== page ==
Anne Gildea: ‘The first draft was insane. It was so angry’
The autobiography of the comedian Anne Gildea is both a visceral account of breast cancer and a glimpse into a hard childhood
“But, frankly, doing the documentary filled up a space I used to wish could be filled up by a partner. It made it less lonely, because I didn’t have a partner and kids and stuff.”
The book went through four drafts. “It was very hard to get the tone right,” she says. “The first draft was insane. It was so angry. It was very dark. If it had been a painting it’d be a load of muddy oils.”
Why was it so angry? There is a long silence. Gildea’s book is not only a visceral account of breast cancer but also, in part, an examination of early family life.
She writes of being uprooted from suburban Manchester at five to a dilapidated inherited farmholding in rural Co Sligo. “I was raised in a glorified shed,” she puts it in the book. “The notion of home never came into it.”
“The anger was about things in the past,” she answers eventually. “There are sentences in the book that were originally 7,000-word chapters about childhood.”
One of them is this: “I regularly recalled something my father repeated throughout our childhood, that we, my brother, sister and I, were nothing but financial liabilities.”
The chapters about her early life make for uncomfortable reading. You can see shadows in the text but not what those shadows conceal. It’s as if she was undecided about how much to reveal of the “four damp-dripping, crumbling walls of that hated house” that “contained an unravelling of family.”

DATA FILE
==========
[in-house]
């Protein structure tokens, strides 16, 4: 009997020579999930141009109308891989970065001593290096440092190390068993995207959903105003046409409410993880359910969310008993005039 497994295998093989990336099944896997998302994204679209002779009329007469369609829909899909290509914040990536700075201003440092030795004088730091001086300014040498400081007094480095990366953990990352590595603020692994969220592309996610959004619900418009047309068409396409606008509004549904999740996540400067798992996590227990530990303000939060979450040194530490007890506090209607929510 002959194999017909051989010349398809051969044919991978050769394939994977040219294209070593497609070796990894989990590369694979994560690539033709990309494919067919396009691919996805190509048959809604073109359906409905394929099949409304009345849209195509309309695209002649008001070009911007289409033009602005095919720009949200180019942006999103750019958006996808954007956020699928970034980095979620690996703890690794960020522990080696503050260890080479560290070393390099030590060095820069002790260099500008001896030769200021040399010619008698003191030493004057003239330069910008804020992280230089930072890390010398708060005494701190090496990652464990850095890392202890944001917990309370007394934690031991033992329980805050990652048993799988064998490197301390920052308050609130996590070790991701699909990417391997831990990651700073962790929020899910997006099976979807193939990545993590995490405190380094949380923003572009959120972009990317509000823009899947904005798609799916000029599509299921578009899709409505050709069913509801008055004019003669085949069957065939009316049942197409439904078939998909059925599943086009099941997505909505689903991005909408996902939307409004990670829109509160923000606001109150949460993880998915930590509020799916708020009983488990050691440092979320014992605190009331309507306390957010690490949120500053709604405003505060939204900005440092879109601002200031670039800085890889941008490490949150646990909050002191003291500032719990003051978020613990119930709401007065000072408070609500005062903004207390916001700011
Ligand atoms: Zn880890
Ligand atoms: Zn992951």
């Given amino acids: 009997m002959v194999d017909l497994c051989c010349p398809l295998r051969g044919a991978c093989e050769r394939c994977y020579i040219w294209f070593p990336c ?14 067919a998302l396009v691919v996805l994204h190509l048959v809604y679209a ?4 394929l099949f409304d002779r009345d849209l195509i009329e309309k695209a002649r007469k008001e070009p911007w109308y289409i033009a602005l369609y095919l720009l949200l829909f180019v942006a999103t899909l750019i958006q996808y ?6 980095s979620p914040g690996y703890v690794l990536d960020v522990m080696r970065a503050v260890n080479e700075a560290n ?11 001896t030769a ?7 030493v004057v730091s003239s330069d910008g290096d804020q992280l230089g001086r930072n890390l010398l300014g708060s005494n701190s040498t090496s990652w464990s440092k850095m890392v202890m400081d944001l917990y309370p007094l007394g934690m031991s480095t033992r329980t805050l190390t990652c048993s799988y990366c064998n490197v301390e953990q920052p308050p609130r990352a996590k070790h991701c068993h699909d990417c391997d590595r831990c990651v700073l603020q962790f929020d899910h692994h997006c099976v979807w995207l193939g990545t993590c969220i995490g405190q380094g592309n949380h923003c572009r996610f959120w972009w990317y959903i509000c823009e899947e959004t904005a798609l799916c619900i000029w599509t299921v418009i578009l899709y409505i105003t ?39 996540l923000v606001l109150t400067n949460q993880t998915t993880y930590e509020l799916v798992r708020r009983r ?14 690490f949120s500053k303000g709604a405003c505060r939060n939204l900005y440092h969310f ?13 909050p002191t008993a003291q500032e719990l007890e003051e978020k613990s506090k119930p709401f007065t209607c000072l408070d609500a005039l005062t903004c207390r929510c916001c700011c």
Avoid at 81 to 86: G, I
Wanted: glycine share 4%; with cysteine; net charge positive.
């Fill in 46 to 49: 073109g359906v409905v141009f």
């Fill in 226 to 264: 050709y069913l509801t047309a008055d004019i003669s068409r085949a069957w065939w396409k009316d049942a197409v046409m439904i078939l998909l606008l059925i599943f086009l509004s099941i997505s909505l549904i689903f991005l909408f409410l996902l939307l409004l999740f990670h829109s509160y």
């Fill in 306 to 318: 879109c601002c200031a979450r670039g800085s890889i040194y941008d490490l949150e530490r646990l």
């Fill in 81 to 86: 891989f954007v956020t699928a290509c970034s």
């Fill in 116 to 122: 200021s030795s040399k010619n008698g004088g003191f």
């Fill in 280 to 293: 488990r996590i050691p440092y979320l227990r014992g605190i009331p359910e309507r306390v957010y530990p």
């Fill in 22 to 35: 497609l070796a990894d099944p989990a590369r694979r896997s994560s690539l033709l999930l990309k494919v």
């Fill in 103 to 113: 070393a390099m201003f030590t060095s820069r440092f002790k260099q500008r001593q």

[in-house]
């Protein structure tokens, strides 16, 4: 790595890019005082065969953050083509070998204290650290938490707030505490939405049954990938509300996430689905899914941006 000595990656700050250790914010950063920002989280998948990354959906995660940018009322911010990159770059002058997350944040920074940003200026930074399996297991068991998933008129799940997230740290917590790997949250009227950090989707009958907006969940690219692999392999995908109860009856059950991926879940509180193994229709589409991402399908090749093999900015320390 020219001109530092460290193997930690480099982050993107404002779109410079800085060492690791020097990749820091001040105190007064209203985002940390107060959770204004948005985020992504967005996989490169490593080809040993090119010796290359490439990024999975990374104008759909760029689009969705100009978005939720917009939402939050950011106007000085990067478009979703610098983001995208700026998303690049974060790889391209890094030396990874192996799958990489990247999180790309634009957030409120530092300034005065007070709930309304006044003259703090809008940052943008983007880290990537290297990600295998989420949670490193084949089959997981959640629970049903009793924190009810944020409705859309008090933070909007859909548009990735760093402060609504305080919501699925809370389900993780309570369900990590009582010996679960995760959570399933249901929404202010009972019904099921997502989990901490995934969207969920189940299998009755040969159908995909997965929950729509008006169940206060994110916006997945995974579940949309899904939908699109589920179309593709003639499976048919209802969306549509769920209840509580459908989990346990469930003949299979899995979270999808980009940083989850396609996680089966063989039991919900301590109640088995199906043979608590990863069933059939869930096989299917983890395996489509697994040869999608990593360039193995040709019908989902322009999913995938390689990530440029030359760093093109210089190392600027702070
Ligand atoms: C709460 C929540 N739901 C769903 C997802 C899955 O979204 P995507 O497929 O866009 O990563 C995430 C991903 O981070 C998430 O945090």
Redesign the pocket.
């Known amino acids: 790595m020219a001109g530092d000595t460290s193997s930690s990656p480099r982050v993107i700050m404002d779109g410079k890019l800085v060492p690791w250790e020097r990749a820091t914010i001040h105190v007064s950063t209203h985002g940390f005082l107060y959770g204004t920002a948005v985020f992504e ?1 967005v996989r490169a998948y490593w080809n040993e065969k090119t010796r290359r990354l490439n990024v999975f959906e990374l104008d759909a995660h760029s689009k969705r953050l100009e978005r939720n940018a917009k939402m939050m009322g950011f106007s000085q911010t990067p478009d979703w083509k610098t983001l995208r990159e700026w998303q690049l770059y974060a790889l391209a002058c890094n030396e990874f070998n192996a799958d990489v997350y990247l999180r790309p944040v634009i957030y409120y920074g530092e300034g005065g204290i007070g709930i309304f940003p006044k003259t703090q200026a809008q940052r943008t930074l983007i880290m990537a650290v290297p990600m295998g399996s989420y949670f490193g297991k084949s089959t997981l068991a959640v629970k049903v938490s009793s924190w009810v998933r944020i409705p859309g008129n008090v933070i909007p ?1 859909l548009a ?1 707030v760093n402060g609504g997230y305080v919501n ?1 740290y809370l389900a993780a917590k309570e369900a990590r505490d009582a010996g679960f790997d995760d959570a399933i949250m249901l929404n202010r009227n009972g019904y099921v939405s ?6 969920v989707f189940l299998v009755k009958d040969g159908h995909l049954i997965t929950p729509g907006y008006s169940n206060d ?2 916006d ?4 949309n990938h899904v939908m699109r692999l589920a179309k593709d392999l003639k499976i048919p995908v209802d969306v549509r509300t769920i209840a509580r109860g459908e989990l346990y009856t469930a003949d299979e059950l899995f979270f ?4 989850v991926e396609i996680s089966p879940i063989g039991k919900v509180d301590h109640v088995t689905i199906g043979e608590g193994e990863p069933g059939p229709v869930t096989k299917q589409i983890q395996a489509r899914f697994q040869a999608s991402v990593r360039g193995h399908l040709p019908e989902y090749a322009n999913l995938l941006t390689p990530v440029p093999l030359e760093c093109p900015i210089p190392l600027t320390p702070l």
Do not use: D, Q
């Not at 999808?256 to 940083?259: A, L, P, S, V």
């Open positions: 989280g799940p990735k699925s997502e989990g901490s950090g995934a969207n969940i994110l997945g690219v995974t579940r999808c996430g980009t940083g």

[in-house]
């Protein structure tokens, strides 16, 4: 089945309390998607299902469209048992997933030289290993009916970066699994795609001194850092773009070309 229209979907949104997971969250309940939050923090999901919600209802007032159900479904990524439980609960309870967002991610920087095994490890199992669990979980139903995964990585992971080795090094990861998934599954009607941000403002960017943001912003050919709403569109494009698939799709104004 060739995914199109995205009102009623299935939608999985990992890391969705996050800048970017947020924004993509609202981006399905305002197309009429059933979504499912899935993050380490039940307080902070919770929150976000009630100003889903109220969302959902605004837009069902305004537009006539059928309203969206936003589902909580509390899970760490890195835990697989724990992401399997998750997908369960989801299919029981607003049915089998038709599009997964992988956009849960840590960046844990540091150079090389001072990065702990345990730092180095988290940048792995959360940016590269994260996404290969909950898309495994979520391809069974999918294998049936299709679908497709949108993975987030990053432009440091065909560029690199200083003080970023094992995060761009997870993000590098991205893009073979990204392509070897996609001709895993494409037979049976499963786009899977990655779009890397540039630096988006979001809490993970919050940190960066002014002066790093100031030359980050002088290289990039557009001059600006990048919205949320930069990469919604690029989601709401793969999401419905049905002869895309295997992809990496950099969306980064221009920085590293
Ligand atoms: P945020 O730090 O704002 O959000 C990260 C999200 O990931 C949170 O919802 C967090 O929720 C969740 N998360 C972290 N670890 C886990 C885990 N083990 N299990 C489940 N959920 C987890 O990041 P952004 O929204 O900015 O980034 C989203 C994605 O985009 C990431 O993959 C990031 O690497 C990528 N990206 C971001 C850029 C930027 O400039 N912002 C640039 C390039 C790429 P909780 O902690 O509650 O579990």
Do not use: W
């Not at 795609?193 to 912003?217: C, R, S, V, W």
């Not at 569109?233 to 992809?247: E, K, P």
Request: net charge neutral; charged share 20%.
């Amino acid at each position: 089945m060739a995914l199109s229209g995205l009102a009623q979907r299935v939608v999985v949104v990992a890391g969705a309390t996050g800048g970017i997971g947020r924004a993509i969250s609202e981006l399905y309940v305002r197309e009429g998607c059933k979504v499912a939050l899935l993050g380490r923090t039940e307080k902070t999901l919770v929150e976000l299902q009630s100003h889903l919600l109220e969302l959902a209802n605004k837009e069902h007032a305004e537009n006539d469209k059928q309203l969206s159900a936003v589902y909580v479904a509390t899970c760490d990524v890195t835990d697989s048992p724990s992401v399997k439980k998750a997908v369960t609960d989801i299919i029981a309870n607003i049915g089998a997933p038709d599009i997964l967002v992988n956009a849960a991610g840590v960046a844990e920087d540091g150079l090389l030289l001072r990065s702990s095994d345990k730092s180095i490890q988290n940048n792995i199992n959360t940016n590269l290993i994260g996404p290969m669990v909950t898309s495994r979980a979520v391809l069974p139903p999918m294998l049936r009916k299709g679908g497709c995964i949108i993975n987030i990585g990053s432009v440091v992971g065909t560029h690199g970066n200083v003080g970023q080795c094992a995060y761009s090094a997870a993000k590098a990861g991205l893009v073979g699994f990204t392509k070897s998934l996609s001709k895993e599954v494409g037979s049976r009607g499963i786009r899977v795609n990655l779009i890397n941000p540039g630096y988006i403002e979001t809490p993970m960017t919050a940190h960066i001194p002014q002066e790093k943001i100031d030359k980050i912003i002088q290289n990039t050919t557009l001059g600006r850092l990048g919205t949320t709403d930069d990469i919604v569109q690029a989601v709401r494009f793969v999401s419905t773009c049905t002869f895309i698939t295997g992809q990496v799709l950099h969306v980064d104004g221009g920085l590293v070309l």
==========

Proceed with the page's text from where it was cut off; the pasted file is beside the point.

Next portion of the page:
In fact I’ve Got Cancer, What’s Your Excuse? is really two books: the account of her illness and a devastating sliver of unfinished memoir.
“The first thing I thought about when I got my diagnosis was that house,” she says. “It’s been the core motif of my life. All my life I’ve had nightmares about the house I grew up in.”
She says she didn’t write in more detail about those early years because she didn’t want to hurt anyone. The struggle between the desire to tell her story and the desire not to alienate her family is evident in the text.
Neither of her siblings has read the whole book. “They were both very worried about it, so I kept pulling back and pulling back about the early stuff.”
The book is dedicated to her parents, neither of whom has yet read it either. “I’ll send my mum a copy. She lives in England. I’ll send my dad a copy, too, but will he read it? I don’t know if he’ll be really interested. I dedicated it to them because I think that my parents’ greatest gifts to me were my siblings.”